The politics that spawned Inti-Illimani–and that subsequently exiled the band and energized its music–may have changed, but the music retains much of its soaring impact even 30 years later. In the 60s, the music known as nueva cancion (“new song”) leapt across Argentina, Chile, Nicaragua, and Peru, spreading an age-old political agenda: the rejection of injustice and inequity as the inevitable fate of the poor and powerless. Inti-Illimani, formed in 1967 by six college students from Santiago, gave this movement its most enduring boost. Their music flourished under the popular government of Salvador Allende, one of whose mottoes proclaimed, “There can be no revolution without songs.” But they spent most of the 70s and 80s out of the country: on tour as Chilean cultural ambassadors, they found themselves marooned when Allende and his administration fell to Pinochet’s coup in 1973. (From its European base, the band dubbed its 15 years abroad “the longest tour in history.”) Inti-Illimani’s expatriation helped raise the international profile of both its music and its politics; when the band finally returned to Chile, it had become the voice of nueva cancion for much of the world. In exile, the musicians first explored other cultures to spur their artistic growth; later they reaffirmed the aboriginal roots of their music–from Andean song forms and rhythms to indigenous instruments such as panpipes and various guitars–the sounds of which are as evocative as the ponchos Inti-Illimani once wore in every publicity photo. Clarinet and saxophone are now part of the mix, and as of the group’s latest album Arriesgare la piel (“I will risk my skin,” on Xenophile), its members now number eight. But five of the original six members remain, including the musical director and main composer, Horacio Salinas. Although they offer little in the way of English translation, the power of their mountain melodies and fervent vocals hardly requires it. Friday, 8 PM, Park West, 322 W. Armitage; 773-929-5959 or 773-525-7793. Sunday, 7 PM, College of DuPage Arts Center, 22nd and Lambert, Glen Ellyn; 630-942-4000. NEIL TESSER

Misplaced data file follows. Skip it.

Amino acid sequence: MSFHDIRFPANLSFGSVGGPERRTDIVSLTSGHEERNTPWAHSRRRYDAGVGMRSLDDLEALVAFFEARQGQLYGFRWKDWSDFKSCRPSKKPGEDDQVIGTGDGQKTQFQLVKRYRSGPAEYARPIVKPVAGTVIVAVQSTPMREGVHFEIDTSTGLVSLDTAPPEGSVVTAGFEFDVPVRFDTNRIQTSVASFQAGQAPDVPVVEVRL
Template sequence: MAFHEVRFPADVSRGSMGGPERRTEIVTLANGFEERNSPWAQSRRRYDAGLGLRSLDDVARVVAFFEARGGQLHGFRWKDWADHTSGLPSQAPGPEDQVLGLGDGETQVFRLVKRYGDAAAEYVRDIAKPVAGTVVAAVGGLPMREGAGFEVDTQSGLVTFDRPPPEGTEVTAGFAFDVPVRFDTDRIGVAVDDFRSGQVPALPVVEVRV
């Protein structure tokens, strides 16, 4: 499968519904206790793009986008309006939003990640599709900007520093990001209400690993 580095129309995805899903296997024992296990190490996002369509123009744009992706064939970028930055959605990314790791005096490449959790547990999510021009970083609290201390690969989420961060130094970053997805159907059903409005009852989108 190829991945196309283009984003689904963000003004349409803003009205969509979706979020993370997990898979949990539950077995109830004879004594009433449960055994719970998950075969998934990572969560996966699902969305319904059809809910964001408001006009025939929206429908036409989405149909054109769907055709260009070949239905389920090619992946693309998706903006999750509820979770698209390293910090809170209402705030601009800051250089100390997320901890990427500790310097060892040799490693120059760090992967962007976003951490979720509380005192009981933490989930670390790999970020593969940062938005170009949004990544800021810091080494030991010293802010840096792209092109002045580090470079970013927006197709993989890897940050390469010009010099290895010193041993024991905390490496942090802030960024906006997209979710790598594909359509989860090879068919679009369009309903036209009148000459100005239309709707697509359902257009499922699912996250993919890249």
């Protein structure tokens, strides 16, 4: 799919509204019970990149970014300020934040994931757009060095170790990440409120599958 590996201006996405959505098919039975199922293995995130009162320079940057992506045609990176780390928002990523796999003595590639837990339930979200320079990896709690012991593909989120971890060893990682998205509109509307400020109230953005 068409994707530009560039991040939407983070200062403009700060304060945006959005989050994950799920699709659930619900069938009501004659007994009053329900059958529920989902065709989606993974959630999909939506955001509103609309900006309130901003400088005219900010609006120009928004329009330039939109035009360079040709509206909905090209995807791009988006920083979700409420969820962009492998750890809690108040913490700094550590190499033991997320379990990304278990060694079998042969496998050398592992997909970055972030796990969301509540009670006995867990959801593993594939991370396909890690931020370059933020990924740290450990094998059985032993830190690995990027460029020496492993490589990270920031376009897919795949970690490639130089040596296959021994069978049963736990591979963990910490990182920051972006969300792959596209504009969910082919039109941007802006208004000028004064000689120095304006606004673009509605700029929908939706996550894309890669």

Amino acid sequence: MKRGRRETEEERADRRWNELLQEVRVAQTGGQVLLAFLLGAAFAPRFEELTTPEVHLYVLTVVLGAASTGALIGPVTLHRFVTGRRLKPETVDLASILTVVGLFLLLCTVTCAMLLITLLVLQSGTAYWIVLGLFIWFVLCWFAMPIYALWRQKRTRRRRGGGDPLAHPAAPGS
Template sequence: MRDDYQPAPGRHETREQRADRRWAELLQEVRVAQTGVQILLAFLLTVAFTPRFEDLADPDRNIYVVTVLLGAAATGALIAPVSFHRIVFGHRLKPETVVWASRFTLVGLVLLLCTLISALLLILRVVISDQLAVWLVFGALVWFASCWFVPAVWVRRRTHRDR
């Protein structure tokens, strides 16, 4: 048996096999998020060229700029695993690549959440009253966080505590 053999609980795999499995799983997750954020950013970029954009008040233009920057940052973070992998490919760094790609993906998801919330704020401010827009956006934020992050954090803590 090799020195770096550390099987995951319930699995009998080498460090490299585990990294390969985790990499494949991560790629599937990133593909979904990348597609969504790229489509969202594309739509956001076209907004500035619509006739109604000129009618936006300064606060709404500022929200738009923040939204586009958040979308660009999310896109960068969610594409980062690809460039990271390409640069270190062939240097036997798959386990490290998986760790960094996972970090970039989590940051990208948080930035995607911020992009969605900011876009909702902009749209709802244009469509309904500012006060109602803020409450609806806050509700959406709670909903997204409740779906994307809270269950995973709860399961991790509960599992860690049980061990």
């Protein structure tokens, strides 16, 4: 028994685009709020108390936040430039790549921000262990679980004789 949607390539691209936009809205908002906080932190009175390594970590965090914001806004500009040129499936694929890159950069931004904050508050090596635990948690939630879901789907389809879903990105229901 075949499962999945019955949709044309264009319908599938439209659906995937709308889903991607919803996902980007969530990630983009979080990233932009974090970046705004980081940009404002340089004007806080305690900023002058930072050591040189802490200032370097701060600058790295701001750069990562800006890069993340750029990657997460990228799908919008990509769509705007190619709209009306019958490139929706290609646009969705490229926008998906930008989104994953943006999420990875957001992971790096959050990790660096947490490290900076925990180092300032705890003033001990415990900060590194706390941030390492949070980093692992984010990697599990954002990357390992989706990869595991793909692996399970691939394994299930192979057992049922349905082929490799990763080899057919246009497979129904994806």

Art accompanying story in printed newspaper (not available in this archive): Photo of Inti-Illimani by Stephen Homer.